Views: 0 Author: Site Editor Publish Time: 2023-04-27 Origin: Site
The most common methods of testing for synthetic metabolic steroid powders in athletes are urine and blood tests. Urine tests are more commonly used due to their non-invasive nature and ease of collection. In urine tests, metabolites of synthetic metabolic steroids are detected through gas chromatography-mass spectrometry (GC-MS) or liquid chromatography-tandem mass spectrometry (LC-MS/MS) analysis. Blood tests are less commonly used due to their invasive nature and the need for a trained medical professional to draw the blood. In blood tests, synthetic metabolic steroid powders can be detected directly or through their metabolites using similar chromatographic techniques as in urine tests.
Although non-athlete weightlifters make up the majority of anabolic steroid powders abuse, professional athletes and Olympic athletes occasionally use steroids to enhance performance or cheat in competition ("doping") and have brought the most attention to steroid abuse. The World Anti-Doping Agency (WADA) was established in 1999 to consistently apply anti-doping policies in sports organizations and governments worldwide. Non-compliant organizations may face sanctions such as event cancellation, loss of WADA funding, or ineligibility to host events.
This pie chart shows which sports had the most anti-doping rule violations in 2015, with "bodybuilding," "athletics," and "weightlifting" topping the list.
Improvements in drug testing have increased the ability to detect anti-doping violations, leading to an increase in the number of violations reported in recent years. For example, the discovery of long-term steroid metabolites has extended the drug testing window, making it more difficult for athletes to simply stop using steroid powders before a competition to pass a drug test. Additionally, more sensitive technology allows for the detection of lower metabolite thresholds.
While testing programs are now in place to prevent professional and Olympic athletes from using steroid powders, new designer drugs continue to emerge that can evade detection, putting cheating athletes ahead of the testing game. To detect early use of designer steroids and provide more accurate baseline standards for each athlete, testing laboratories store data from each drug test sample. These samples are then used as reference points for future testing, eliminating the possibility of a person testing positive simply because their testosterone levels are naturally higher than the general population. Long-term use of designer steroid powders can suppress levels of endogenous steroids in urine, which may be the first indication that an athlete is using designer steroids.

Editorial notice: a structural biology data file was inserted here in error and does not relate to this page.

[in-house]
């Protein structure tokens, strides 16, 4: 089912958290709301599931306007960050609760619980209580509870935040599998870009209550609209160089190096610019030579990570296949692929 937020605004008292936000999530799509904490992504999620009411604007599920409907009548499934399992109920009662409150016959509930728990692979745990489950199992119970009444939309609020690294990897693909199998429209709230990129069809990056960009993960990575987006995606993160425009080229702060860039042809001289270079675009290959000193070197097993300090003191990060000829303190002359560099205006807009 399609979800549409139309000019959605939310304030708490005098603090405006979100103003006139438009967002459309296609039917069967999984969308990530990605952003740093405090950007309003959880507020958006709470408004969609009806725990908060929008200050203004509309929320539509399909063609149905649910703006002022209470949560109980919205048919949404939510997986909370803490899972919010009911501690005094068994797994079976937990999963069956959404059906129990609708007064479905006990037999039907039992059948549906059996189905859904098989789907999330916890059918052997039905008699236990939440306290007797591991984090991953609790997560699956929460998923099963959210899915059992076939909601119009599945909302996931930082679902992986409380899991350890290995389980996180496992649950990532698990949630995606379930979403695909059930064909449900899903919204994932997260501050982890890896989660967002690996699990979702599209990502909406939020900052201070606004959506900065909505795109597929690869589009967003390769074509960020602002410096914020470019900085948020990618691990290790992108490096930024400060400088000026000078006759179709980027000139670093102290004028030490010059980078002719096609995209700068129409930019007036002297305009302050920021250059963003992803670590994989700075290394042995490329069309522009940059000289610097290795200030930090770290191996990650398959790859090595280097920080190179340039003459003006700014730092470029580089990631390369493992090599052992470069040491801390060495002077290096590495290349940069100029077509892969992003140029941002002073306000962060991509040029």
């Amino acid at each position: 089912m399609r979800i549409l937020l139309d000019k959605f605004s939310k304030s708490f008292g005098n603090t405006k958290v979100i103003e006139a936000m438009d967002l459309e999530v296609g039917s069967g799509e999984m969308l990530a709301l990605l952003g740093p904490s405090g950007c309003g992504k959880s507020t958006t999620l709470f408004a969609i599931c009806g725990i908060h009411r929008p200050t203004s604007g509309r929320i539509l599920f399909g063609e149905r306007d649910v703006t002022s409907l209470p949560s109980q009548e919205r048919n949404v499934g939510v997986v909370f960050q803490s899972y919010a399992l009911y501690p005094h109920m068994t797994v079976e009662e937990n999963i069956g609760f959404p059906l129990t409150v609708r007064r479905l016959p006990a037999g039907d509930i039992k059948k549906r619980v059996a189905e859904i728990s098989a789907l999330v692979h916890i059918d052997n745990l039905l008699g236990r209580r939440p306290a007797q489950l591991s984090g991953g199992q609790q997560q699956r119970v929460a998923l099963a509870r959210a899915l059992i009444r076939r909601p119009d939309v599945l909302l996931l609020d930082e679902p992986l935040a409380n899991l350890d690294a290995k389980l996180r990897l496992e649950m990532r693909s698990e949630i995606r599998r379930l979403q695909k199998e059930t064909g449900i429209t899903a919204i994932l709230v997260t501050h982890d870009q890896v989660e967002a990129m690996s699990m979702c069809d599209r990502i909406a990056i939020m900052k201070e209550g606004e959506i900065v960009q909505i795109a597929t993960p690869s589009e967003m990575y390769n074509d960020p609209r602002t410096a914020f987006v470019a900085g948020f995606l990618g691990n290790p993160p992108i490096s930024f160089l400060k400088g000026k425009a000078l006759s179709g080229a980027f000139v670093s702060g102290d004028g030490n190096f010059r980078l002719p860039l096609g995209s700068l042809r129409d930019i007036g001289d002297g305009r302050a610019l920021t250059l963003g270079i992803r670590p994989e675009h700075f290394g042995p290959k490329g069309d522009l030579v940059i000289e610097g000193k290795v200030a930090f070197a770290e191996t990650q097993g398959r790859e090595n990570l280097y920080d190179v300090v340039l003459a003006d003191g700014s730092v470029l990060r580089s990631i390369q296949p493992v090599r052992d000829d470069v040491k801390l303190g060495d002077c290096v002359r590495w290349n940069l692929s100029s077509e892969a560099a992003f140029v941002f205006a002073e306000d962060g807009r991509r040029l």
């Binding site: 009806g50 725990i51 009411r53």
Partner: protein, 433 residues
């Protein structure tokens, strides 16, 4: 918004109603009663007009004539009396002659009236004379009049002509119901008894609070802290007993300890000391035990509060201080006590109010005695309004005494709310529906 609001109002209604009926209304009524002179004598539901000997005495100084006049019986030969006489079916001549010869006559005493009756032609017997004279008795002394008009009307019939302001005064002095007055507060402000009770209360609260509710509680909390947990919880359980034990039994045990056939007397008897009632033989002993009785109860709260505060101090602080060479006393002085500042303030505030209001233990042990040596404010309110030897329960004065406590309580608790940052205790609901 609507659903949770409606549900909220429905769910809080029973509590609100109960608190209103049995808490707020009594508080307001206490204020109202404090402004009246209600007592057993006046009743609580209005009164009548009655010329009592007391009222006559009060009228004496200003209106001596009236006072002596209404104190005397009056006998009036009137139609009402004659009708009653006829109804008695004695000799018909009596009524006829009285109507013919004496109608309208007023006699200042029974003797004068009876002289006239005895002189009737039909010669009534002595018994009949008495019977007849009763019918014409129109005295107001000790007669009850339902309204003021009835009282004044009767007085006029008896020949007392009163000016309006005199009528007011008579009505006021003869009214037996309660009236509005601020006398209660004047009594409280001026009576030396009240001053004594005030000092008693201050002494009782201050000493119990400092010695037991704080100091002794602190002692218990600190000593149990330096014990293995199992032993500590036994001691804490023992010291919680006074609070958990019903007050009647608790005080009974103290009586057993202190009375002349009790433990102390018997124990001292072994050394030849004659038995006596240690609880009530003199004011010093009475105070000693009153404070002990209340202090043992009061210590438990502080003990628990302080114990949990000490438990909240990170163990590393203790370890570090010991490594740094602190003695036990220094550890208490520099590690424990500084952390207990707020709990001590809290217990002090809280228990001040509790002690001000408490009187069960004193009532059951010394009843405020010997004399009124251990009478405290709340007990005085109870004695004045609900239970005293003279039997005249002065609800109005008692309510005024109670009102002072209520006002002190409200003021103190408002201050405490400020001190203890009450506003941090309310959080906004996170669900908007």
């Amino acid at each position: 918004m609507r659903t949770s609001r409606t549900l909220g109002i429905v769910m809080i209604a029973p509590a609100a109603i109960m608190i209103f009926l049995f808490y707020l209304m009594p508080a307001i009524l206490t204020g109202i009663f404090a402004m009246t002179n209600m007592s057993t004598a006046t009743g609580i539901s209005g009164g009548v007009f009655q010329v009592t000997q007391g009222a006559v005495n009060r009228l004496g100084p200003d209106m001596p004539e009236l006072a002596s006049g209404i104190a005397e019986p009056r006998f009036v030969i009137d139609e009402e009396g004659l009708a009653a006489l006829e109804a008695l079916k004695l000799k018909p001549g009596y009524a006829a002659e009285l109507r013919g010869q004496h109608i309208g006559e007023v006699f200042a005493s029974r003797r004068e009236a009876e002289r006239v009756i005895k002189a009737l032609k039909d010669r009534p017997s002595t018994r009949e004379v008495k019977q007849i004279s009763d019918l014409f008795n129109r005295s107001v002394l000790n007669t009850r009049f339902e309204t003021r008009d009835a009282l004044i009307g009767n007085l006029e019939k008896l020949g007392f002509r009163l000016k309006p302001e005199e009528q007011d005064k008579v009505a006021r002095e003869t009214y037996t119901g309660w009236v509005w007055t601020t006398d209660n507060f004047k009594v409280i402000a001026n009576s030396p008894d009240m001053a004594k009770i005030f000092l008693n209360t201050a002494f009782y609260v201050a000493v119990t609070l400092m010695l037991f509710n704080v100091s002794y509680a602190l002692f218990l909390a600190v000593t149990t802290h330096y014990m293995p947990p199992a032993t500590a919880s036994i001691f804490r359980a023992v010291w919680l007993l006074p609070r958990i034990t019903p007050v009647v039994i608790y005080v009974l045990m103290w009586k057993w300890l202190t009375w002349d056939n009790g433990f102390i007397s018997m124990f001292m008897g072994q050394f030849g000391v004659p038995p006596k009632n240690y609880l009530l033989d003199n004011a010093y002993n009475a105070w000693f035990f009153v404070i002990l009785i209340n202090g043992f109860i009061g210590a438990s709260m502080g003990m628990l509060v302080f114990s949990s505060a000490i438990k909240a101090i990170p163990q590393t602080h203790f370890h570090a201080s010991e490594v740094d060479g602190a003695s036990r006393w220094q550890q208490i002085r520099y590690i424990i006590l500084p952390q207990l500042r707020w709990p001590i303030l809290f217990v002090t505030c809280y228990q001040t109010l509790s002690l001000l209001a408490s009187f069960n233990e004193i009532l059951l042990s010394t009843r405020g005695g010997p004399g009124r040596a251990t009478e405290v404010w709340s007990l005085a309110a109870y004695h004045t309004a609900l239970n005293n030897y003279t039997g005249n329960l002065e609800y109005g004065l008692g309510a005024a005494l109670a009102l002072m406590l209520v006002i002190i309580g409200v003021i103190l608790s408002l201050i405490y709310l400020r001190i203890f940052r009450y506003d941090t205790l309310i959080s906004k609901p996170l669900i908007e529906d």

Athletes who take over-the-counter nutritional supplements may think that these products are safe. However, nutritional supplements do not undergo the same pre-approval requirements and quality testing as FDA-approved drugs. For example, some supplements marketed as promoting weight loss have been found to contain banned stimulants like ephedra or clenbuterol. Other studies have shown that supplements sometimes contain hormone precursors or synthetic metabolites of steroid powders. In a study of 634 nutritional supplements from 13 different countries, 15% of the supplements contained some type of hormone precursor not listed on the label. Another study found that some undisclosed banned substances could be detected in drug tests up to 144 hours later.
Nutritional supplements sometimes contain banned substances not listed on the label. The FDA advises consumers to be cautious if a product meets any of the following criteria:
Claims to be an FDA-approved alternative to a drug or a product with similar effects to prescription drugs
Claims to be a legal alternative to synthetic steroid metabolites
Products marketed mainly in a foreign language or through spam email
Promises rapid effects (e.g., within minutes to hours) or long-lasting effects (e.g., 24 to 72 hours) for sexual enhancement products
Offers a warning about testing positive for performance-enhancing drugs
According to the World Anti-Doping Agency's regulations, athletes are responsible for any prohibited substance found in their sample, whether the ingestion was intentional or unintentional. However, if athletes can prove that the ingestion was not due to their significant fault or negligence, or under certain circumstances where the athlete did not intend to enhance performance, punishment may be reduced or avoided.